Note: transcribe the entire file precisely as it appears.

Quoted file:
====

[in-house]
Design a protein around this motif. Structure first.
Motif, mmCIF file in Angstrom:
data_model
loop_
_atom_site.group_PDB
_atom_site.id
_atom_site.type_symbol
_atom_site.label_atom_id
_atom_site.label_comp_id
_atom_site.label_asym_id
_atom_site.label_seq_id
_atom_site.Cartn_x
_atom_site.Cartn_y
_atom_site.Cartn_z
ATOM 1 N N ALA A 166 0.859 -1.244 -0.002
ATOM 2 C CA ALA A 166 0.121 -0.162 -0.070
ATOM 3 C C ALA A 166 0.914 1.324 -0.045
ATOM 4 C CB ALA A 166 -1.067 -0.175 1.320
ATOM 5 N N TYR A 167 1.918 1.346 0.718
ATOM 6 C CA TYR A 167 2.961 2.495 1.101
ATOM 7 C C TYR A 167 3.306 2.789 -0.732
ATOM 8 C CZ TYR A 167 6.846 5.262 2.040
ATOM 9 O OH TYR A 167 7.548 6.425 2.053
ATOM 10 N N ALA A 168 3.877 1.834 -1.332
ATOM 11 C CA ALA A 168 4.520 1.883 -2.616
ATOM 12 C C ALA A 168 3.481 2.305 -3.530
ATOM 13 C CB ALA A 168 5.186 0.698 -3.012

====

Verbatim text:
[in-house]
Design a protein around this motif. Structure first.
Motif, mmCIF file in Angstrom:
data_model
loop_
_atom_site.group_PDB
_atom_site.id
_atom_site.type_symbol
_atom_site.label_atom_id
_atom_site.label_comp_id
_atom_site.label_asym_id
_atom_site.label_seq_id
_atom_site.Cartn_x
_atom_site.Cartn_y
_atom_site.Cartn_z
ATOM 1 N N ALA A 166 0.859 -1.244 -0.002
ATOM 2 C CA ALA A 166 0.121 -0.162 -0.070
ATOM 3 C C ALA A 166 0.914 1.324 -0.045
ATOM 4 C CB ALA A 166 -1.067 -0.175 1.320
ATOM 5 N N TYR A 167 1.918 1.346 0.718
ATOM 6 C CA TYR A 167 2.961 2.495 1.101
ATOM 7 C C TYR A 167 3.306 2.789 -0.732
ATOM 8 C CZ TYR A 167 6.846 5.262 2.040
ATOM 9 O OH TYR A 167 7.548 6.425 2.053
ATOM 10 N N ALA A 168 3.877 1.834 -1.332
ATOM 11 C CA ALA A 168 4.520 1.883 -2.616
ATOM 12 C C ALA A 168 3.481 2.305 -3.530
ATOM 13 C CB ALA A 168 5.186 0.698 -3.012